Fantasy Fights

Intelligent, unique MMA analysis

Ilir Latifi’s Path to Victory Against Gegard Mousasi

So far this year, there have been four MMA fights that looked to be so lopsided on paper that the favorite opened up at 15-1 or better odds. The first three all took place in January: Daniel Cormier vs. Dion Staring, Josh Barnett vs. Nandor Guelmino, and “King Mo” Lawal vs. Przemyslaw Mysiala. After it was officially announced that Alexander Gustafsson was out of his fight against Gegard Mousasi, the UFC found a replacement so obscure that Mousasi became the fourth man to open at 15-1 or better this year. Mousasi’s new opponent is Ilir Latifi, a training partner of Gustafsson’s, and a light-heavyweight fighter with a 7-2 overall record.

At first glance, it would seem that Latifi is in a rather hopeless situation. He’s taking on a world-class opponent in Mousasi on less than one week’s notice. He lost by knockout to Tatsuya Mizuno, and Mizuno was an overwhelming underdog when he faced Mousasi at DREAM 16. Now, after being suddenly placed in the main event of a UFC show, Latifi finds himself the opponent of a fighter who opened up as a 20-1 favorite to beat him.

But while Dion Staring, Nandor Guelmino, and Przemyslaw Mysiala had very little realistic chance of winning their respective fights, I believe Ilir Latifi has a path to victory open to him against Gegard Mousasi.

As I explained in my scouting report, Mousasi has world-class overall talent in MMA, but also has terrible takedown defense. This was highlighted by “King Mo” in particular; despite what was a huge disadvantage in both striking and submissions, Lawal was able to defeat Mousasi by taking him to the ground repeatedly. In fact, most of Mousasi’s fights hit the ground at some point, usually because Mousasi is unable to defend his opponent’s attempt to take him down.

Ilir Latifi doesn’t have Mousasi’s talent in MMA – not even close. His striking is very sloppy, and generally consists of looping power punches that rarely connect cleanly. By contrast, Mousasi is an excellent kickboxer whose striking skills proved enough to win K-1 matches against very tough opponents in Kyotaro and Musashi. As long as Latifi’s fight against Mousasi stays standing, Mousasi has an enormous advantage. In a pure kickboxing match between Mousasi and Latifi, Mousasi would be almost guaranteed to win by first-round knockout.

The only chance Latifi has to win this fight is by taking Mousasi to the ground and controlling top position, much like “King Mo” Lawal did. While Latifi isn’t quite the wrestler Lawal is, he still has an impressive amateur wrestling background. Latifi’s highlight reel largely consists of him picking his opponents up and throwing them down onto the canvas. Given Mousasi’s lack of ability to defend takedowns, Latifi could absolutely get a hold of Mousasi and slam him down.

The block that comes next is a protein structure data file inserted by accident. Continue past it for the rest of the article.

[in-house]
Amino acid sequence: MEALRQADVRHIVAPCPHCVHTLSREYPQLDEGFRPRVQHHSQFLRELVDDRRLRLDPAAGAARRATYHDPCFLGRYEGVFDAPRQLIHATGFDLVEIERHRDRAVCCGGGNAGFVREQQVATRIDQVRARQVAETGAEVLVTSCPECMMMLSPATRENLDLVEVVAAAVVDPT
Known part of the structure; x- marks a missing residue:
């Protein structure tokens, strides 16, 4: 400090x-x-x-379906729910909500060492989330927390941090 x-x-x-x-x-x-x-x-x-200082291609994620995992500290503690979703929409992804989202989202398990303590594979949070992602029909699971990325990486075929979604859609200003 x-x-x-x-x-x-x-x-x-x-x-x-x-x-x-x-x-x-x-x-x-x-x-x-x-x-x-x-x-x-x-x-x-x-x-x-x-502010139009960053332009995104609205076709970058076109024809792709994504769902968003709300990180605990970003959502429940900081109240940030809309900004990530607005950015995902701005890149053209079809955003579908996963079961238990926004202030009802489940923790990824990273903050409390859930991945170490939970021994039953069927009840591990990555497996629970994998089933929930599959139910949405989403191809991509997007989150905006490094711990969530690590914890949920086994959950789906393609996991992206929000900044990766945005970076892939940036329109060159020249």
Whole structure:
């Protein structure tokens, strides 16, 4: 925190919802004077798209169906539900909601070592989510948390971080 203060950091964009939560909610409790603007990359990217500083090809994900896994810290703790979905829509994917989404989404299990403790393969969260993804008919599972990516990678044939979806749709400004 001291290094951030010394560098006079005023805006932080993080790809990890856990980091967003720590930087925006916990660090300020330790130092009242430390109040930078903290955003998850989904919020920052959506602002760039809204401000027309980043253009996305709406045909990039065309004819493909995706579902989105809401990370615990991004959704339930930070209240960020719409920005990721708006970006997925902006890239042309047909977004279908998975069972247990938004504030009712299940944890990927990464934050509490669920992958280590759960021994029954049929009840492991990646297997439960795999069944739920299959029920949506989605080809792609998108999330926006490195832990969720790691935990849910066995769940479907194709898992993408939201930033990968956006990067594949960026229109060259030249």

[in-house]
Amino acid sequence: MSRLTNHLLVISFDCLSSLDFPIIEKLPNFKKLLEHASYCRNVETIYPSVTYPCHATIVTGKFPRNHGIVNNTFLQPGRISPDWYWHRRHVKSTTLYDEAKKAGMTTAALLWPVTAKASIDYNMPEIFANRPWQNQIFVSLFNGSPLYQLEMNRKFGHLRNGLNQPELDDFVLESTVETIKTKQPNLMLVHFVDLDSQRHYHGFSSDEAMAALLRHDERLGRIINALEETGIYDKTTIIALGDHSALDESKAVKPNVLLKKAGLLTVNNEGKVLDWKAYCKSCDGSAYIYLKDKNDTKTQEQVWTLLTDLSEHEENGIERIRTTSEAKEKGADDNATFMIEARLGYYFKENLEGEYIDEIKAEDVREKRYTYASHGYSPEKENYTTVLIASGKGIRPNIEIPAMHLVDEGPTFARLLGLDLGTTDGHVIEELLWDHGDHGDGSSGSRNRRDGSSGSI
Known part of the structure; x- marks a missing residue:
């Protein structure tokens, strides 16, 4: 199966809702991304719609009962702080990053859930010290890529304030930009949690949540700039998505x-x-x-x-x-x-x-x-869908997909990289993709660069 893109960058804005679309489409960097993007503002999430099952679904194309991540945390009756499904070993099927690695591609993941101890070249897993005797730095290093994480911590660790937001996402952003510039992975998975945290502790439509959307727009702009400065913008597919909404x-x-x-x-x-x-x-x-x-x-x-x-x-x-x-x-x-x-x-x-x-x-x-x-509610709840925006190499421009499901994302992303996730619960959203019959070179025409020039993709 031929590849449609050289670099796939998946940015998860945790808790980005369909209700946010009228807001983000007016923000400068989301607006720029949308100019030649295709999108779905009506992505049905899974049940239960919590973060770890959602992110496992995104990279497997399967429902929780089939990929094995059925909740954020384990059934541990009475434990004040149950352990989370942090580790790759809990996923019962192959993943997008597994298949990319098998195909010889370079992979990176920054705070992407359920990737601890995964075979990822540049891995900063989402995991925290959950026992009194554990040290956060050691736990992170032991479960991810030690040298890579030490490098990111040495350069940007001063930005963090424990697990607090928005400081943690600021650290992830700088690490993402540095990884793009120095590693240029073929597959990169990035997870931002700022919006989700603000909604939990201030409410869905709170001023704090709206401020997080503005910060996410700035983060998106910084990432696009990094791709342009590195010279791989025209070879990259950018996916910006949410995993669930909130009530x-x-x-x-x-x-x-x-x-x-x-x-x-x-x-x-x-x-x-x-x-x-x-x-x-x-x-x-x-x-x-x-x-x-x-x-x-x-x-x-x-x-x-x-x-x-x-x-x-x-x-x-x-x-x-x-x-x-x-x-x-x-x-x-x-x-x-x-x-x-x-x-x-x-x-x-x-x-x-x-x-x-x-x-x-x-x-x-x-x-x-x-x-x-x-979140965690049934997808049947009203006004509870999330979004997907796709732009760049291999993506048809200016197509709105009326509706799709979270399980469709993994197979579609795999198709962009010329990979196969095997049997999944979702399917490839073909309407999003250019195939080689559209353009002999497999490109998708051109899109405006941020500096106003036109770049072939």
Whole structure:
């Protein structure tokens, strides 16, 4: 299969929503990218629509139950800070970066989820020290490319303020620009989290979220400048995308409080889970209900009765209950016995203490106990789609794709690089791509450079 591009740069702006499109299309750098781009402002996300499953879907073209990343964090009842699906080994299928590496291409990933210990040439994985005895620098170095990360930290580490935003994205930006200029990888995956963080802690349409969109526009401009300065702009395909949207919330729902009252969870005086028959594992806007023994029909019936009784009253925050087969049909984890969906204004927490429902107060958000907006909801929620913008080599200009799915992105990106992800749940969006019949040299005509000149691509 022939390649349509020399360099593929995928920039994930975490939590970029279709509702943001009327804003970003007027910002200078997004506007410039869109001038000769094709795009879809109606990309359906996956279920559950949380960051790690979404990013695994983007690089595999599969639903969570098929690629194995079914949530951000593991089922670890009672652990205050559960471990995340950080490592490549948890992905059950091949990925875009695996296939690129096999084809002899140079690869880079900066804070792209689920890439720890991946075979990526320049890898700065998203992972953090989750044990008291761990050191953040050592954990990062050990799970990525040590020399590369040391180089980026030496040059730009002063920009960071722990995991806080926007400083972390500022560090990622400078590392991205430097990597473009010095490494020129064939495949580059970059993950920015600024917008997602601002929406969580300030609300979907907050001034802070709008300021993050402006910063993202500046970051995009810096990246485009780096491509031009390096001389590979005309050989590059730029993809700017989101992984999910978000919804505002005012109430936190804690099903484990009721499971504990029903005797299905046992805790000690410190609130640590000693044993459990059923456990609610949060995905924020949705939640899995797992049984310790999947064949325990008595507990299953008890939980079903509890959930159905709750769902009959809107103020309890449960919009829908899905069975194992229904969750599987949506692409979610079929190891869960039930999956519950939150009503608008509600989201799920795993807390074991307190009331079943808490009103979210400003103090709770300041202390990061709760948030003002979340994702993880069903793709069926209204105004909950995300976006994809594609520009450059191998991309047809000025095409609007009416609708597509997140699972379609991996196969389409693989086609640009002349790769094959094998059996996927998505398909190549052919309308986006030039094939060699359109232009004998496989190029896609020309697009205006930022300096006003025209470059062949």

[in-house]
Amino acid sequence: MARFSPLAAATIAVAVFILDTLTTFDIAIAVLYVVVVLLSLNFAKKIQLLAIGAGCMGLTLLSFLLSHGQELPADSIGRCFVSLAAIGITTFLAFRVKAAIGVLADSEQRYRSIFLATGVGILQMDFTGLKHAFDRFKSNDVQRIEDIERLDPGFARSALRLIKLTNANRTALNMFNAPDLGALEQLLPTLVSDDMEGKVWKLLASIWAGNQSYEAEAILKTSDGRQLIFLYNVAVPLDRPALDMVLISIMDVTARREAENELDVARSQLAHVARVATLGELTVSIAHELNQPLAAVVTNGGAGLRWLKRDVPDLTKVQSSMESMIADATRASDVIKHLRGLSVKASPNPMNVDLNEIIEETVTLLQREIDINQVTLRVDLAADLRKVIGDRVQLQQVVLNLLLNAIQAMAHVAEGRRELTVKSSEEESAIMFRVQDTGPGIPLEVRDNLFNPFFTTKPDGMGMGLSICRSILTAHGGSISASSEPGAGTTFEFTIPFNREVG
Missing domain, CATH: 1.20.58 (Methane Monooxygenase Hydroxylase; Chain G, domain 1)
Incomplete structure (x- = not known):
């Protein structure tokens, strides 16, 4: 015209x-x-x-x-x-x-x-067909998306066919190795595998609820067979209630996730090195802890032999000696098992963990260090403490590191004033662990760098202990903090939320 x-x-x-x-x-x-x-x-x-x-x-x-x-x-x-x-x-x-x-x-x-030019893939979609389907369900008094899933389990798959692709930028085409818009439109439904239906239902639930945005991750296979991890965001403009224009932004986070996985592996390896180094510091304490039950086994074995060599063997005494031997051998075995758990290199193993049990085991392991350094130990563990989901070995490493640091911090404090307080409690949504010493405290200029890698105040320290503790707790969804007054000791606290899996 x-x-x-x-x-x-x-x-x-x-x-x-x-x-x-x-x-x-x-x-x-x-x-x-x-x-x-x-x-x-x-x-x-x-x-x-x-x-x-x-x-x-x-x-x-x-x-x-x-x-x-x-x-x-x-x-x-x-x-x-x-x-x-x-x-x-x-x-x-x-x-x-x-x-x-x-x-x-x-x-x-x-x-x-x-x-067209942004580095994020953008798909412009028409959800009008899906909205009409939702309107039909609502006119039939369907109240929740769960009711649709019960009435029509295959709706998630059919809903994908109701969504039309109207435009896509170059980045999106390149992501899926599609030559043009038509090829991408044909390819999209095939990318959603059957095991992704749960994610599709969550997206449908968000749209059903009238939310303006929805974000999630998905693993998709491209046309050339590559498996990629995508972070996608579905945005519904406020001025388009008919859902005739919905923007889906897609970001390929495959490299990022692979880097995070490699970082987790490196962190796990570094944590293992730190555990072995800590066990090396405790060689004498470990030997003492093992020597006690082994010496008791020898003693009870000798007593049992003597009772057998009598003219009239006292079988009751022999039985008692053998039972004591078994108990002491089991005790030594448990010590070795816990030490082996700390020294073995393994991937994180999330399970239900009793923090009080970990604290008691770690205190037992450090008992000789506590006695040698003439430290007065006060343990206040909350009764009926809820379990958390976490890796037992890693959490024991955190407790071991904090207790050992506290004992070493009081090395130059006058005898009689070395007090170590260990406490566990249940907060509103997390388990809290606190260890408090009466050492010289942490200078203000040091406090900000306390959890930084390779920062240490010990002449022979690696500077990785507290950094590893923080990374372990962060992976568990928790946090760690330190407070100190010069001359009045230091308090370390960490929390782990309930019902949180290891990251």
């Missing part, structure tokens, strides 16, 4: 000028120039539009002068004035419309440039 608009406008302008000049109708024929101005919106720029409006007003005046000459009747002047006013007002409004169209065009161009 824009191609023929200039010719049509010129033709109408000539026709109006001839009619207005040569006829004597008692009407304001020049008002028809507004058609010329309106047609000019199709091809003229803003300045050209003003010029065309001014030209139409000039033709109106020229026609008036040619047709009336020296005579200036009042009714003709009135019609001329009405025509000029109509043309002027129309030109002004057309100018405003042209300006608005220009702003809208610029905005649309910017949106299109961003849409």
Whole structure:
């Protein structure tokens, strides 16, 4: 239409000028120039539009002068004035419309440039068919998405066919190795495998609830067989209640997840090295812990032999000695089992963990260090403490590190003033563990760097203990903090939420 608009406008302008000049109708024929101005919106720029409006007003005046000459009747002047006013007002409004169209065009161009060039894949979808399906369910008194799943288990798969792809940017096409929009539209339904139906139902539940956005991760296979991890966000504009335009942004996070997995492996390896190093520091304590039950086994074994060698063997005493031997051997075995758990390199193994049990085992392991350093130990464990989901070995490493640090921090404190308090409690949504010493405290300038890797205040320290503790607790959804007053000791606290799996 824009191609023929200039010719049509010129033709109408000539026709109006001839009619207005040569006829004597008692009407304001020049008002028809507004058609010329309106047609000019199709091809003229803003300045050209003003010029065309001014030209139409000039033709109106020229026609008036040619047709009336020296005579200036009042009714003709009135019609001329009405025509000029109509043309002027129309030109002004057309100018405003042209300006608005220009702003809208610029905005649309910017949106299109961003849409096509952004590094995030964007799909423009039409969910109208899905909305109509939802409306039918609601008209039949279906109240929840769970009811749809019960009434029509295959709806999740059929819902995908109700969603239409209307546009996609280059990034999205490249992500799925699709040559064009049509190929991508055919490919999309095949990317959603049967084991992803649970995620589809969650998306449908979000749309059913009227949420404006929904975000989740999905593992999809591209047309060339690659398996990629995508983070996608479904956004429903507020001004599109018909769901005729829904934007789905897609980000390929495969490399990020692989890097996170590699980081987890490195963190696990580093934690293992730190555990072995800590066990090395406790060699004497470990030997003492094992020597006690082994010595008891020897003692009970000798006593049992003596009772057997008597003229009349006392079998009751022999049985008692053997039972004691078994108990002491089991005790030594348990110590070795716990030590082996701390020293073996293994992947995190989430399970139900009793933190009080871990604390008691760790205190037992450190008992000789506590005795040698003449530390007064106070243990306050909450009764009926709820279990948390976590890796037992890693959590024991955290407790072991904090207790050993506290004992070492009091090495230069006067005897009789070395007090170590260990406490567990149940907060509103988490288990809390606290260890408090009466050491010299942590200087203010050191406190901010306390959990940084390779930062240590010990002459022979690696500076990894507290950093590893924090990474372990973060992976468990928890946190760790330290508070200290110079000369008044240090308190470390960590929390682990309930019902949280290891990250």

On the ground, Latifi needs to control top position, and land just enough strikes from that position to prevent the judges from scoring the fight in Mousasi’s favor. That’s easier said than done – one reason Mousasi has been able to win so consistently despite having poor takedown defense is his ability to sweep his opponents. Mousasi is excellent at disrupting his opponent’s base and reversing position on the ground. All Latifi needs to do is make one mistake, and he’ll find himself on his back.

Another problem for Latifi is that his conditioning is just not good enough to be competitive in the UFC. Latifi is a very short and stocky light-heavyweight, and carries a lot of muscle mass on his 5’8″ frame. This is great for landing takedowns, but not so good for a 15-minute fight. If Latifi is already exhausted entering the second round – a very good possibility, especially considering Mousasi’s activity from the bottom – his ability to take the fight to the ground will be severely diminished. Not helping matters is the fact that Latifi is taking is fight on such short notice.

Essentially, what I’m suggesting is that if Latifi wants to win this fight, he needs to “lay and pray.” In other words, Latifi needs to take Mousasi down, hold him down, land a few strikes, and hope it’s enough to win by decision.

To do so, Latifi cannot afford to make any errors. He needs to take Mousasi down quickly, because if he doesn’t, he’ll probably get knocked out. He needs to maintain top control, and land strikes while maintaining a strong base and preventing sweeps. He needs to avoid gassing out, because the moment he gets exhausted, his ability to take Mousasi down will likely be gone.

There are many ways for Mousasi to win this fight, and it’s extremely likely that one of those will happen. It might be a quick knockout, it might be a slick submission, it might be a TKO after Latifi exhausts himself, or it might even be by decision. For Latifi, I only see one realistic path to victory. On the bright side, that’s one more path to victory than Staring, Guelmino, or Mysiala had in their fights.


4 responses to “Ilir Latifi’s Path to Victory Against Gegard Mousasi

  1. Pingback: How not to do spin for UFC Sweden 2013 @mmasupremacy @robnashville | – Your Global Connection to the Fight Industry.

  2. Howard April 4, 2013 at 9:56 am

    Never head of Latifi, could the UFC not do better than that? 5’8″ light heavyweight ? Are you serious? That is the average height of a lightweight.

  3. Nick April 4, 2013 at 11:35 am

    Such a great weekend of fights – Bellator, OneFC, Invicta, UFC.

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